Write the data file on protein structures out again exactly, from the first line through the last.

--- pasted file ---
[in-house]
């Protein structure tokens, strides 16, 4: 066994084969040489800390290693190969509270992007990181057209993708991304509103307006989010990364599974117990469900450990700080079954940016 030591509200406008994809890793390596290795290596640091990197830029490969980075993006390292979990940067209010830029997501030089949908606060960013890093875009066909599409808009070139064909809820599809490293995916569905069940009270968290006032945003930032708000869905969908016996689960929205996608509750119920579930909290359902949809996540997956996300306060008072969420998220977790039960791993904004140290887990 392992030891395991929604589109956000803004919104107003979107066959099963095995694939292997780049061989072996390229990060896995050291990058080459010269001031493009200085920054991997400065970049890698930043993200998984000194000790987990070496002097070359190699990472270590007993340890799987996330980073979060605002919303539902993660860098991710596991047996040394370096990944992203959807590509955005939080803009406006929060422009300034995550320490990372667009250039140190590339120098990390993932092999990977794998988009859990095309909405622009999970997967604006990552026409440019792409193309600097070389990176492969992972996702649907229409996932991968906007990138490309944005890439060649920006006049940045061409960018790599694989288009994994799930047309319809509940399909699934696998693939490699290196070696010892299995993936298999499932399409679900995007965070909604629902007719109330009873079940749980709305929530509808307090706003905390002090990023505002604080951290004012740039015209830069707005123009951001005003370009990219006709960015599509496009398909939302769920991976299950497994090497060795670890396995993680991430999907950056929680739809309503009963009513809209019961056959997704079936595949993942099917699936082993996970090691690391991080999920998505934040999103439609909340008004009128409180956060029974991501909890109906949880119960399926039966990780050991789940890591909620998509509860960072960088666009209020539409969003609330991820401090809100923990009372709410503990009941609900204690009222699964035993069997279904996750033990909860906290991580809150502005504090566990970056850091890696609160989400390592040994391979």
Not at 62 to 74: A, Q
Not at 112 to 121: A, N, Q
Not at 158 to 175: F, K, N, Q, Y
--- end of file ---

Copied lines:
[in-house]
């Protein structure tokens, strides 16, 4: 066994084969040489800390290693190969509270992007990181057209993708991304509103307006989010990364599974117990469900450990700080079954940016 030591509200406008994809890793390596290795290596640091990197830029490969980075993006390292979990940067209010830029997501030089949908606060960013890093875009066909599409808009070139064909809820599809490293995916569905069940009270968290006032945003930032708000869905969908016996689960929205996608509750119920579930909290359902949809996540997956996300306060008072969420998220977790039960791993904004140290887990 392992030891395991929604589109956000803004919104107003979107066959099963095995694939292997780049061989072996390229990060896995050291990058080459010269001031493009200085920054991997400065970049890698930043993200998984000194000790987990070496002097070359190699990472270590007993340890799987996330980073979060605002919303539902993660860098991710596991047996040394370096990944992203959807590509955005939080803009406006929060422009300034995550320490990372667009250039140190590339120098990390993932092999990977794998988009859990095309909405622009999970997967604006990552026409440019792409193309600097070389990176492969992972996702649907229409996932991968906007990138490309944005890439060649920006006049940045061409960018790599694989288009994994799930047309319809509940399909699934696998693939490699290196070696010892299995993936298999499932399409679900995007965070909604629902007719109330009873079940749980709305929530509808307090706003905390002090990023505002604080951290004012740039015209830069707005123009951001005003370009990219006709960015599509496009398909939302769920991976299950497994090497060795670890396995993680991430999907950056929680739809309503009963009513809209019961056959997704079936595949993942099917699936082993996970090691690391991080999920998505934040999103439609909340008004009128409180956060029974991501909890109906949880119960399926039966990780050991789940890591909620998509509860960072960088666009209020539409969003609330991820401090809100923990009372709410503990009941609900204690009222699964035993069997279904996750033990909860906290991580809150502005504090566990970056850091890696609160989400390592040994391979």
Not at 62 to 74: A, Q
Not at 112 to 121: A, N, Q
Not at 158 to 175: F, K, N, Q, Y